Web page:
The overarching aim of Globalization & Law Network is to analyse what role law has in a globalizing society, and, in particular, how globalization (which encompasses, for the purposes of our group, processes of Europeanisation and internationalisation) is challenging the potential of the law to regulate, protect and solve disputes. It has both a descriptive and a normative facet: on the one hand, Globalization & Law Network looks at how globalization is transforming law itself (putting its traditional functions under pressure), and, on the other, how law could drive globalization and mitigate its consequences by protecting the interests of individuals, groups and societies.
Globalization & Law Network's research covers three main pillars: levels of governance, forms of instruments, and types of actors
Although the role of law in a globalizing society (from both a descriptive and normative standpoint) is regularly addressed in sub-areas of law (private law, criminal law, public law, social law, tax law, etc.), it has rarely been addressed from a more holistic perspective. What is indeed missing is an integrated analysis of this role, involving intensive collaboration by experts in each of the relevant sub-areas of law to provide insights and generate best practices which can be transferred from one area to the other.
Globalization & Law Network, which is composed of academics in various sub-areas of law, adopts a transdisciplinary approach, in which questions of legitimacy, the promotion of public interests by actors other than the state and effective judicial protection are examined in an ‘integrated’ fashion. This approach does not only provide fundamental knowledge about the changing role of law, but also examines whether, and if so, how law can play a role in reversing the negative consequences of globalization.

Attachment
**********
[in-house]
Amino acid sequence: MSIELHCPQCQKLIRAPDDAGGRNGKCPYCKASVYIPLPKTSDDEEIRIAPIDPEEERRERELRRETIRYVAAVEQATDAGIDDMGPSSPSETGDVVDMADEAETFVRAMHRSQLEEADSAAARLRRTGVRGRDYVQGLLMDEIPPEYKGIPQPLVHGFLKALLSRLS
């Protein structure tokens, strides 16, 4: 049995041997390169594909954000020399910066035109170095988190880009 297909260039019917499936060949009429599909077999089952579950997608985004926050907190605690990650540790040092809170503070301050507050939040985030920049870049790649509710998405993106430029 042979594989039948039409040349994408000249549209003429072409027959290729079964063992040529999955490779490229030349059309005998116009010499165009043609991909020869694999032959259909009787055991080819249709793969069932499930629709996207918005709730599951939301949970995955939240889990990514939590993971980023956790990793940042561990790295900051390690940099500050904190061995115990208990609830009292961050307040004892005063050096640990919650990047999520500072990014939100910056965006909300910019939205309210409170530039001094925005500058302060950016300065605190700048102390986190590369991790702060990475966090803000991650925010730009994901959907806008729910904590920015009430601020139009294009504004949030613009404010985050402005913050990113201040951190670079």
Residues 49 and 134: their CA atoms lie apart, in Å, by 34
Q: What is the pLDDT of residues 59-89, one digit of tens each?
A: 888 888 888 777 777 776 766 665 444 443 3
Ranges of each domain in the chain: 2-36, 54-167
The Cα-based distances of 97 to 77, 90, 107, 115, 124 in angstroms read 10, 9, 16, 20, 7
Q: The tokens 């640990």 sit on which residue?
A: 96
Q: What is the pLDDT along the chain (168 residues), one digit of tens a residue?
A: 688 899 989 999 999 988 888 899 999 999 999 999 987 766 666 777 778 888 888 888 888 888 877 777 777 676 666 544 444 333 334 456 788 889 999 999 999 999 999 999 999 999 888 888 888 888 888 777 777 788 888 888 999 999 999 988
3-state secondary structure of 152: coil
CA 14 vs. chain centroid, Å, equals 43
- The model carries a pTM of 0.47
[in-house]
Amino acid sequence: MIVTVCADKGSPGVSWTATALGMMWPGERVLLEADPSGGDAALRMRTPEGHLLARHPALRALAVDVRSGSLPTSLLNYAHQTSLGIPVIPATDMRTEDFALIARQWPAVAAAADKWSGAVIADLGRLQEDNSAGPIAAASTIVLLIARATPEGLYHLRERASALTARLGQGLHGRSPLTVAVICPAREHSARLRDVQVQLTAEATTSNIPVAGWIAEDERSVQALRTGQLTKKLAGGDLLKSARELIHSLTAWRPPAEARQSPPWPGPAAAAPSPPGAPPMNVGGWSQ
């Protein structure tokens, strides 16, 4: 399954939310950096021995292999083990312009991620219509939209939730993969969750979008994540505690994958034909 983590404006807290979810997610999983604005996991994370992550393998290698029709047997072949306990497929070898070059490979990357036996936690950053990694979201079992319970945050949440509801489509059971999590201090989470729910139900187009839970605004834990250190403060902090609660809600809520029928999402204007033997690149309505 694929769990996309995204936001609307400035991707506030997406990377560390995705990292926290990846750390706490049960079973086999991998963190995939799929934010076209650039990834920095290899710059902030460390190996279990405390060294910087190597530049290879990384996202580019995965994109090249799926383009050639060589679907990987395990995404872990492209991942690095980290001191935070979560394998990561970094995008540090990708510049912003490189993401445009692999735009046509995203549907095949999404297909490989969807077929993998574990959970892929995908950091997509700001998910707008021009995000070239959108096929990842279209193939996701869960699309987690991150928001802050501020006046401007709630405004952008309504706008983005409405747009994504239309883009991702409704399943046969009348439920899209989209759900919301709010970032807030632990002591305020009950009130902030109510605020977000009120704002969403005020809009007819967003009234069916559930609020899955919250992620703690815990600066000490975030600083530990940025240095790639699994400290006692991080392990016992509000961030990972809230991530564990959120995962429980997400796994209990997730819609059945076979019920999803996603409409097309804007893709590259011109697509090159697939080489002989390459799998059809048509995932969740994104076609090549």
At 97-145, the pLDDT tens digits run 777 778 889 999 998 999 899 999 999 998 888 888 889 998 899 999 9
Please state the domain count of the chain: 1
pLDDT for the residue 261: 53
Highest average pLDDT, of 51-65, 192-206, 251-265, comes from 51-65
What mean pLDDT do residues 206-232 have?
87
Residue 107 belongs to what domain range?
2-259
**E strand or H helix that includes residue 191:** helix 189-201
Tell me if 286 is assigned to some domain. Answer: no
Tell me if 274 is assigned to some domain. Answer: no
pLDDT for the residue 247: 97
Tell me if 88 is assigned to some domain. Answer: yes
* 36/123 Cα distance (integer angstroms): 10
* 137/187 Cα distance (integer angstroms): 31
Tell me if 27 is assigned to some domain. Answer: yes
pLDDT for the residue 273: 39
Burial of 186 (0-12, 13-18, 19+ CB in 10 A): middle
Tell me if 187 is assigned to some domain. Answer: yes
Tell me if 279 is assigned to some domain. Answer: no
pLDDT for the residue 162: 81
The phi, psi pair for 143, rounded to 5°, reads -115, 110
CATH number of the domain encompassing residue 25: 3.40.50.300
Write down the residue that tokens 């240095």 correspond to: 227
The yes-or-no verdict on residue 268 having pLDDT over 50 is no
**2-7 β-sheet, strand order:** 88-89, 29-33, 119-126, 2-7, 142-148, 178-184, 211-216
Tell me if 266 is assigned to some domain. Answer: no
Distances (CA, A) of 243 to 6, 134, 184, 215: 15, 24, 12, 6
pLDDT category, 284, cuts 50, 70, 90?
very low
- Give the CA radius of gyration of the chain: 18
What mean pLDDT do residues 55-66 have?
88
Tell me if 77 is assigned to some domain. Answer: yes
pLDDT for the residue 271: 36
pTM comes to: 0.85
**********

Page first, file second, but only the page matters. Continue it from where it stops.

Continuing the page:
The research questions of Globalization & Law Network
In order to analyse how globalization is challenging the potential of the law to regulate, protect and solve disputes, Globalization & Law Network departs from the observation that the process of globalization brings about a number of challenges in the legitimacy of decision-making processes, which are linked to 1) the level of governance (local, regional and international) in which policy-making and the implementation of norms taken place; 2) the forms of instruments of regulation which are being used; and 3) the type of actors involved in regulation.
From this point of departure, Globalization & Law Network aims at tackling two overarching research questions:
1. Given the complexities in governance levels, instruments, and actors, how can and should a sufficient degree of legitimacy in regulation be ensured?